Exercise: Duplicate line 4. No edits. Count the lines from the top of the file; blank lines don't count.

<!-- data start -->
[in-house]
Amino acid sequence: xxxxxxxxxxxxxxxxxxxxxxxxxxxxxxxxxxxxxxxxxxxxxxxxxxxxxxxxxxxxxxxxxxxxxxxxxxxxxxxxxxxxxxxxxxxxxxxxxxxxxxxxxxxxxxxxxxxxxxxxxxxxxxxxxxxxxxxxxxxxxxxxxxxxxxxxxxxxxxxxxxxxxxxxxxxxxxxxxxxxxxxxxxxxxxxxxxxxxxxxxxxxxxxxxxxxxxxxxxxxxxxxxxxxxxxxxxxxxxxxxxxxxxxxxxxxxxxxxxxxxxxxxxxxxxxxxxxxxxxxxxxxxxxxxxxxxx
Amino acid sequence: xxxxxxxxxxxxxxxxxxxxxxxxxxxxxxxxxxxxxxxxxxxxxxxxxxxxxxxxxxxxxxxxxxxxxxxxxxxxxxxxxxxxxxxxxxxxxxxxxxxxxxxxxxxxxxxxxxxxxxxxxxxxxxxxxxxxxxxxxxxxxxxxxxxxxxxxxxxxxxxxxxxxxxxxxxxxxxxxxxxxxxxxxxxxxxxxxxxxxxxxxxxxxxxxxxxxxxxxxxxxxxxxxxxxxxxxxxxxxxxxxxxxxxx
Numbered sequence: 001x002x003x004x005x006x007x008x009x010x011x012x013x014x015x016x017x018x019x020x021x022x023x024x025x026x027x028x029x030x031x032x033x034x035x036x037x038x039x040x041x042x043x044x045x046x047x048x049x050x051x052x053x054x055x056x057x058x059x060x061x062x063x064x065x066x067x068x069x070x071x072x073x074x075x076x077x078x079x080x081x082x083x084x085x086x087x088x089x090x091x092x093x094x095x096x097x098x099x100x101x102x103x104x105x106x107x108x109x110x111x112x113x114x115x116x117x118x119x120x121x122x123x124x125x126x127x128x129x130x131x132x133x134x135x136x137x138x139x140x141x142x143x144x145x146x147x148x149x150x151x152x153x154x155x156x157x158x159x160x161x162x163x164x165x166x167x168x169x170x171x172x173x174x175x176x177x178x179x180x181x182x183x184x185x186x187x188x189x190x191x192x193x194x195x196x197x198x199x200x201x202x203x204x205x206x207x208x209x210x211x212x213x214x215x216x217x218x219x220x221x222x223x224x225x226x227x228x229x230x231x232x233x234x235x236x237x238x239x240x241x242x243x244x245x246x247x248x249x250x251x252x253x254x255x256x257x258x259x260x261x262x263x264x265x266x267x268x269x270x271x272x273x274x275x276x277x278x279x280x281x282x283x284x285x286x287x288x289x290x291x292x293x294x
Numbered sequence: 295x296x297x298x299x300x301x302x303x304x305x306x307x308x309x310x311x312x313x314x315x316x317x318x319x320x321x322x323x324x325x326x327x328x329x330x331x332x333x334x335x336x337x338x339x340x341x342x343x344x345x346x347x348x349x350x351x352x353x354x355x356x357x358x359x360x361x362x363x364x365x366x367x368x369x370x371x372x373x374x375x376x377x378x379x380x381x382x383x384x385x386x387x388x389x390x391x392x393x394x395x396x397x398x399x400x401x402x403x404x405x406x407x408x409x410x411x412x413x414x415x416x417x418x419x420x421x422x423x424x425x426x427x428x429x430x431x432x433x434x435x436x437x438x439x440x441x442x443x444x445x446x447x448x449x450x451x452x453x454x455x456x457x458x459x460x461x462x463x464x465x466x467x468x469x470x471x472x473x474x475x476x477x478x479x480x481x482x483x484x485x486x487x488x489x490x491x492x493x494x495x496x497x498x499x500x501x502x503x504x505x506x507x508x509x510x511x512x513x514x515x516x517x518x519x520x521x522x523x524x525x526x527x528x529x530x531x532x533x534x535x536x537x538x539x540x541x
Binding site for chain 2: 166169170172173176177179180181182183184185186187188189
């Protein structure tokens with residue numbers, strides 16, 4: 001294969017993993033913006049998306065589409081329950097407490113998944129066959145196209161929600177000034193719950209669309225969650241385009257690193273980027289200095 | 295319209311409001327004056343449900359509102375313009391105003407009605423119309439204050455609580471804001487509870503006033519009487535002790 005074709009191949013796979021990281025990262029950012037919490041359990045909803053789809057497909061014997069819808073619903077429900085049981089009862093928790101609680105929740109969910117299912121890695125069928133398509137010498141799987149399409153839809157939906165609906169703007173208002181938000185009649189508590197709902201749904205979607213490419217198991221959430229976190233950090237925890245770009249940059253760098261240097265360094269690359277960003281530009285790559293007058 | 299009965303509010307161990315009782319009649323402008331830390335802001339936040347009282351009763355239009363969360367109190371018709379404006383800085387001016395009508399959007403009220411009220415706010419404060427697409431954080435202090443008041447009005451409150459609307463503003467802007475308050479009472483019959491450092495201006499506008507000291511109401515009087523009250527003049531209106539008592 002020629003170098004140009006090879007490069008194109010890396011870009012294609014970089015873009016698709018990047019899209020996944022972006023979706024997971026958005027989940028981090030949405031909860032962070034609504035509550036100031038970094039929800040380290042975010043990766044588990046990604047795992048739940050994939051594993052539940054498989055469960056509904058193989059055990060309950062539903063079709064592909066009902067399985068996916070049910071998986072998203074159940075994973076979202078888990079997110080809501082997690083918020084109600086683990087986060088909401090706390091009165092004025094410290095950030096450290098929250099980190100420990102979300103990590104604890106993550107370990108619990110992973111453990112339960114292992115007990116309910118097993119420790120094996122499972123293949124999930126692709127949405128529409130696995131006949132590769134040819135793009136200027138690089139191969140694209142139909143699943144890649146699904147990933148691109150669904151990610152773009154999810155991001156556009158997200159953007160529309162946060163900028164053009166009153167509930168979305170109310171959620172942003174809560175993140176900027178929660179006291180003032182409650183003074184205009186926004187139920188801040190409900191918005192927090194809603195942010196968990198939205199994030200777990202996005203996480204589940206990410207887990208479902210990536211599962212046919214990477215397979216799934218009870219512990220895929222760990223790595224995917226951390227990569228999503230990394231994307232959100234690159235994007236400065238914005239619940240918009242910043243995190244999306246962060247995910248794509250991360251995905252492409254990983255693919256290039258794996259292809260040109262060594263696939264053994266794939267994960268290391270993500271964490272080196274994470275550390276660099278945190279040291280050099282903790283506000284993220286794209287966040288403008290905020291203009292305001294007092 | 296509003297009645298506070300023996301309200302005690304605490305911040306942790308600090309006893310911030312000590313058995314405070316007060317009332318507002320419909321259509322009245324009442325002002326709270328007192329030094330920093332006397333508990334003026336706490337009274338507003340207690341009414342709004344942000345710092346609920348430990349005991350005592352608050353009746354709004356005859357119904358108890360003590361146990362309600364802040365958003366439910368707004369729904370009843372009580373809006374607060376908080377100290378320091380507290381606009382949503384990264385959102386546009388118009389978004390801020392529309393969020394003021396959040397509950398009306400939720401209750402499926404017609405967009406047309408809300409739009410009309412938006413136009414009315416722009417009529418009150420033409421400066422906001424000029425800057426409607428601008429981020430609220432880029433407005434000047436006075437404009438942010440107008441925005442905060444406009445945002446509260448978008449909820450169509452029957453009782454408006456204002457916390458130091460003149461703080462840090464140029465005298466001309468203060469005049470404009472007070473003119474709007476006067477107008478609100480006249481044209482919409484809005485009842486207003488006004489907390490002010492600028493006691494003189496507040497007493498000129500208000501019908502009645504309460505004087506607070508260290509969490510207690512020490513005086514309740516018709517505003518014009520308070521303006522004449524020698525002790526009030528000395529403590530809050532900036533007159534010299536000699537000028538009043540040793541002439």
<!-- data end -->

Numbered sequence: 001x002x003x004x005x006x007x008x009x010x011x012x013x014x015x016x017x018x019x020x021x022x023x024x025x026x027x028x029x030x031x032x033x034x035x036x037x038x039x040x041x042x043x044x045x046x047x048x049x050x051x052x053x054x055x056x057x058x059x060x061x062x063x064x065x066x067x068x069x070x071x072x073x074x075x076x077x078x079x080x081x082x083x084x085x086x087x088x089x090x091x092x093x094x095x096x097x098x099x100x101x102x103x104x105x106x107x108x109x110x111x112x113x114x115x116x117x118x119x120x121x122x123x124x125x126x127x128x129x130x131x132x133x134x135x136x137x138x139x140x141x142x143x144x145x146x147x148x149x150x151x152x153x154x155x156x157x158x159x160x161x162x163x164x165x166x167x168x169x170x171x172x173x174x175x176x177x178x179x180x181x182x183x184x185x186x187x188x189x190x191x192x193x194x195x196x197x198x199x200x201x202x203x204x205x206x207x208x209x210x211x212x213x214x215x216x217x218x219x220x221x222x223x224x225x226x227x228x229x230x231x232x233x234x235x236x237x238x239x240x241x242x243x244x245x246x247x248x249x250x251x252x253x254x255x256x257x258x259x260x261x262x263x264x265x266x267x268x269x270x271x272x273x274x275x276x277x278x279x280x281x282x283x284x285x286x287x288x289x290x291x292x293x294x